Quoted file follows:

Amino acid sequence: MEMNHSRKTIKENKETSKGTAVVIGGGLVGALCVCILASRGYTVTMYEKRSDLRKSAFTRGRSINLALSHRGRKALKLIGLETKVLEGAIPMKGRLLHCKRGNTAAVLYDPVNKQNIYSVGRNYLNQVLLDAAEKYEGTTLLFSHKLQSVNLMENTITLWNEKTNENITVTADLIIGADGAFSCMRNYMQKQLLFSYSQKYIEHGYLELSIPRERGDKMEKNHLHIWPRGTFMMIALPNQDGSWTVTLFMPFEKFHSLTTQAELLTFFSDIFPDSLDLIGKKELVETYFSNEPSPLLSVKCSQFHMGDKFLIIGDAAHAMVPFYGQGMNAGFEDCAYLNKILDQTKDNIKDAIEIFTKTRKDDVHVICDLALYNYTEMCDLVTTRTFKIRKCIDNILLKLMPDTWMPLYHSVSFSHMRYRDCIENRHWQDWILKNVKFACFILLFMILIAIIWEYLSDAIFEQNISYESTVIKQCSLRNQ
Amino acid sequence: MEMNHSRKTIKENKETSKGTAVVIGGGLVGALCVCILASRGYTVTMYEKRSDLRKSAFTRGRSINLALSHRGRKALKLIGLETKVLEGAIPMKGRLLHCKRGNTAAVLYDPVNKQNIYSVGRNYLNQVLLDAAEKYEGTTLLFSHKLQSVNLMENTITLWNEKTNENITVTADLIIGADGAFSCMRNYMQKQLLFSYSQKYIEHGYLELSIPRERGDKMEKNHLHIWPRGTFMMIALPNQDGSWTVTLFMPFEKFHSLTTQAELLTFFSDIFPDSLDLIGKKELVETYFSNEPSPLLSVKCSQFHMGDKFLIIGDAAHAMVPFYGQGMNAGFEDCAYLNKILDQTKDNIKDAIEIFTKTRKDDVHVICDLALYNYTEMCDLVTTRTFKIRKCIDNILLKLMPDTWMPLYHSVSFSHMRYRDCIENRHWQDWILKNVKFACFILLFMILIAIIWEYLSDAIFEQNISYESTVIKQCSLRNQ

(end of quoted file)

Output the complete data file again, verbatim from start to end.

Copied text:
Amino acid sequence: MEMNHSRKTIKENKETSKGTAVVIGGGLVGALCVCILASRGYTVTMYEKRSDLRKSAFTRGRSINLALSHRGRKALKLIGLETKVLEGAIPMKGRLLHCKRGNTAAVLYDPVNKQNIYSVGRNYLNQVLLDAAEKYEGTTLLFSHKLQSVNLMENTITLWNEKTNENITVTADLIIGADGAFSCMRNYMQKQLLFSYSQKYIEHGYLELSIPRERGDKMEKNHLHIWPRGTFMMIALPNQDGSWTVTLFMPFEKFHSLTTQAELLTFFSDIFPDSLDLIGKKELVETYFSNEPSPLLSVKCSQFHMGDKFLIIGDAAHAMVPFYGQGMNAGFEDCAYLNKILDQTKDNIKDAIEIFTKTRKDDVHVICDLALYNYTEMCDLVTTRTFKIRKCIDNILLKLMPDTWMPLYHSVSFSHMRYRDCIENRHWQDWILKNVKFACFILLFMILIAIIWEYLSDAIFEQNISYESTVIKQCSLRNQ
Amino acid sequence: MEMNHSRKTIKENKETSKGTAVVIGGGLVGALCVCILASRGYTVTMYEKRSDLRKSAFTRGRSINLALSHRGRKALKLIGLETKVLEGAIPMKGRLLHCKRGNTAAVLYDPVNKQNIYSVGRNYLNQVLLDAAEKYEGTTLLFSHKLQSVNLMENTITLWNEKTNENITVTADLIIGADGAFSCMRNYMQKQLLFSYSQKYIEHGYLELSIPRERGDKMEKNHLHIWPRGTFMMIALPNQDGSWTVTLFMPFEKFHSLTTQAELLTFFSDIFPDSLDLIGKKELVETYFSNEPSPLLSVKCSQFHMGDKFLIIGDAAHAMVPFYGQGMNAGFEDCAYLNKILDQTKDNIKDAIEIFTKTRKDDVHVICDLALYNYTEMCDLVTTRTFKIRKCIDNILLKLMPDTWMPLYHSVSFSHMRYRDCIENRHWQDWILKNVKFACFILLFMILIAIIWEYLSDAIFEQNISYESTVIKQCSLRNQ